After hearing “Losing to the Dark” I’m pretty certain Katy Goodman (aka La Sera) could kick both your ass and mine. Blistering guitar and cut-through-the-bullshit lyrics twist her girl-group vocals from sugar-sweet to saccharine tang.
What plays as a nod to The Walkmen in electric gets new life when stripped down on Stone Cold Fox‘s “Seventeen.” Stomp and clap with the celeste and tambourine up top, then check out the original below.
A nice little shot of adrenaline to start your day from Arkansas’s Pagiins. “Yeti Spaghetti” reminds me of the punk bands that littered millennial suburban garages, save the fact the song is actually good instead of just a mash of chords pounded out as quickly as possible. Pogo around for a few minutes and don’t miss the opportunity to bust out your best air guitar at the track’s end.
Gem Club makes me so sad. So, so sad. Sometimes you just need to have your heart wrenched out of your chest and mourn your loss for a few minutes until the needle works its way off the vinyl. It’s true you’ve got a hole where your heart should be, but now you’ve got room to fill it back up again.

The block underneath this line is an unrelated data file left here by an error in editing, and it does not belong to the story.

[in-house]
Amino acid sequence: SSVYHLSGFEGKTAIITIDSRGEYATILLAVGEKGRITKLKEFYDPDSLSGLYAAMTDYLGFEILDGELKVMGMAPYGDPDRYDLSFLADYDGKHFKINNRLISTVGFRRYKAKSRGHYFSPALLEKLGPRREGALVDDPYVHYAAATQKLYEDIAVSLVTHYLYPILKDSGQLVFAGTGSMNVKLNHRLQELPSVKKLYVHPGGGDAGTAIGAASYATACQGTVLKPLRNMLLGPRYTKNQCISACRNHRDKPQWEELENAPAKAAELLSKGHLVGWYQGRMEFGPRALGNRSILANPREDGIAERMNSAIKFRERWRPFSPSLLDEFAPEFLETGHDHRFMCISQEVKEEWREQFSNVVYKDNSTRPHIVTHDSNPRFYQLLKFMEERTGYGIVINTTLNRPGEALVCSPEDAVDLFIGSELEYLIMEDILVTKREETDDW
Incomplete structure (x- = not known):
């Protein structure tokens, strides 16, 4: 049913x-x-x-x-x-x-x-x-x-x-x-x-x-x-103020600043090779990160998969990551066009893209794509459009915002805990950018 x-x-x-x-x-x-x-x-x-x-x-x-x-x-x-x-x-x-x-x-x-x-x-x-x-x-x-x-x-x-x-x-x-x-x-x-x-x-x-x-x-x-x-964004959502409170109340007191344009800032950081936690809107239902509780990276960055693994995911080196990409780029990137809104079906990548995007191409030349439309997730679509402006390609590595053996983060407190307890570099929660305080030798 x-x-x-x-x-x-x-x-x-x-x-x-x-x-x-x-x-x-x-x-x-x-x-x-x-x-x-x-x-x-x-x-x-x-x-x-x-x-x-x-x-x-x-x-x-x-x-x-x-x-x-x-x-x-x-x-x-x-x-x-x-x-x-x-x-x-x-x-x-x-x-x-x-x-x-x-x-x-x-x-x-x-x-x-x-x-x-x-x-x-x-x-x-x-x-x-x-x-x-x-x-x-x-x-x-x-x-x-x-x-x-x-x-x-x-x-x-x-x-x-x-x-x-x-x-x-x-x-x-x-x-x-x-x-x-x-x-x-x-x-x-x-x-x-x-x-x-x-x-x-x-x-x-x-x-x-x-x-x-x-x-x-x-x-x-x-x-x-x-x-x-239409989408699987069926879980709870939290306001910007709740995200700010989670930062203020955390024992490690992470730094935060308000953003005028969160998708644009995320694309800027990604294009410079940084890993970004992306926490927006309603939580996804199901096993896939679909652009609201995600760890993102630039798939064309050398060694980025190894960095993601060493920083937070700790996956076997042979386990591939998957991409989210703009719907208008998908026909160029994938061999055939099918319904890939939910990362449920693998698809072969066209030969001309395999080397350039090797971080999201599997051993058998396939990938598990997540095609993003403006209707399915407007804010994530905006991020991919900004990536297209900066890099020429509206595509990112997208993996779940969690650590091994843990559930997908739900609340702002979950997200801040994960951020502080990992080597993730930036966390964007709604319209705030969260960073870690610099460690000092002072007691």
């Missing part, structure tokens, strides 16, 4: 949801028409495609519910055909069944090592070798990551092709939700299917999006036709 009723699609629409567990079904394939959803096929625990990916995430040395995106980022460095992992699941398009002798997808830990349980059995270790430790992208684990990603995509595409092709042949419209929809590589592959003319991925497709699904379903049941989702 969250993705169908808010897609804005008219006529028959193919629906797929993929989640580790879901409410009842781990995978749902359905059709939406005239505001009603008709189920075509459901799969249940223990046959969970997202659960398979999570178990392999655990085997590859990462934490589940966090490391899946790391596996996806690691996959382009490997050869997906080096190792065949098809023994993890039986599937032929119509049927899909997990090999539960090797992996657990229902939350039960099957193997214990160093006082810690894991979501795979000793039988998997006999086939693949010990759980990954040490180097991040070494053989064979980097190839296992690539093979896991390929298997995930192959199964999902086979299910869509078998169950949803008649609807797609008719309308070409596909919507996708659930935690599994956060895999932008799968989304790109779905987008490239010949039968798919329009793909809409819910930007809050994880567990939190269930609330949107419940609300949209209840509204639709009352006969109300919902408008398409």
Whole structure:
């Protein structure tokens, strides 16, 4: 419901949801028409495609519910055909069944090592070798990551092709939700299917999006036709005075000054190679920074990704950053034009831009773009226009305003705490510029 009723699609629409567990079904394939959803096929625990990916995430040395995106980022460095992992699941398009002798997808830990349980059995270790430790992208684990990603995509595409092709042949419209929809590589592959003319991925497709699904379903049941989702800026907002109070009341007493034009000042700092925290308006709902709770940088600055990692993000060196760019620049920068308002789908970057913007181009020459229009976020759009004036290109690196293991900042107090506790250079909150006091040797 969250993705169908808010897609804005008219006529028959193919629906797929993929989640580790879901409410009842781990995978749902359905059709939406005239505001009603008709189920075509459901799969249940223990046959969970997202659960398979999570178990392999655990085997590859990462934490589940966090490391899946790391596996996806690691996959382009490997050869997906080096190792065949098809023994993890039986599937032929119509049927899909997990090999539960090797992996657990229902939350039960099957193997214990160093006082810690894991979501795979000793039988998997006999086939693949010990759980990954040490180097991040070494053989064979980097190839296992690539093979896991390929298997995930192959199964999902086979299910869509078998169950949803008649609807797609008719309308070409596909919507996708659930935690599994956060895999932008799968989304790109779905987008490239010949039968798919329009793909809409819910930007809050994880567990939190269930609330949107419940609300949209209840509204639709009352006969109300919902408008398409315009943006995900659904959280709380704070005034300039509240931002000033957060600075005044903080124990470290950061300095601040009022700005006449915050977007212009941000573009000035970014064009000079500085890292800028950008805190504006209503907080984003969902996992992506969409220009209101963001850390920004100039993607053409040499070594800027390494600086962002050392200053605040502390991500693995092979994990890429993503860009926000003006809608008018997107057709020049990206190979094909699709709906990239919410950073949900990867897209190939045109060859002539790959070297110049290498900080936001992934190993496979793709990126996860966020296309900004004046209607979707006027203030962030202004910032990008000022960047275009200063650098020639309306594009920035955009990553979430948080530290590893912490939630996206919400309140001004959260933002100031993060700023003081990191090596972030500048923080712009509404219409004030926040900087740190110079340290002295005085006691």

Punxsutawney Phil and friends may have seen their shadows and six more weeks of winter on the horizon, but “Dancing” by Little Racer has thawed my brain enough to let me remember that summer is a thing and it is coming. Flats, short floral skirts, and the will to leave the house are all in our future. “Dancing” might just help that future come a little sooner.
Bust out your thick black frames and let your heart beat math rock. If you liked early-2000s Midwestern emo, you’re probably feeling a tidal wave of nostalgia hit you right in the gut. Precision guitars and drums punctuate Ian Gassman’s lingering calls. This is the sound of hope before the eventual breakup.
You’re at your prom. Ruched dresses with sweetheart necklines, crushed velvet bow ties, and tinsel abound. A man bearing a striking resemblance to Vincent Price croons into a boxy silver microphone while the punch bowl sits untouched because everyone is gently swaying on the dance floor. There’s something a bit off, though – everyone looks a bit green around the gills. It wasn’t that your dinners came with a side of salmonella, it’s just that you’ve all been dead for decades.
As a filmmaker, it’s no surprise Joe Chang’s project Gold Light elicits such eerie cinematic images in the span of three minutes. “Last Night (In My Dreams)” spins something both vintage and otherworldly, putting you in the position of being here before, for the first time.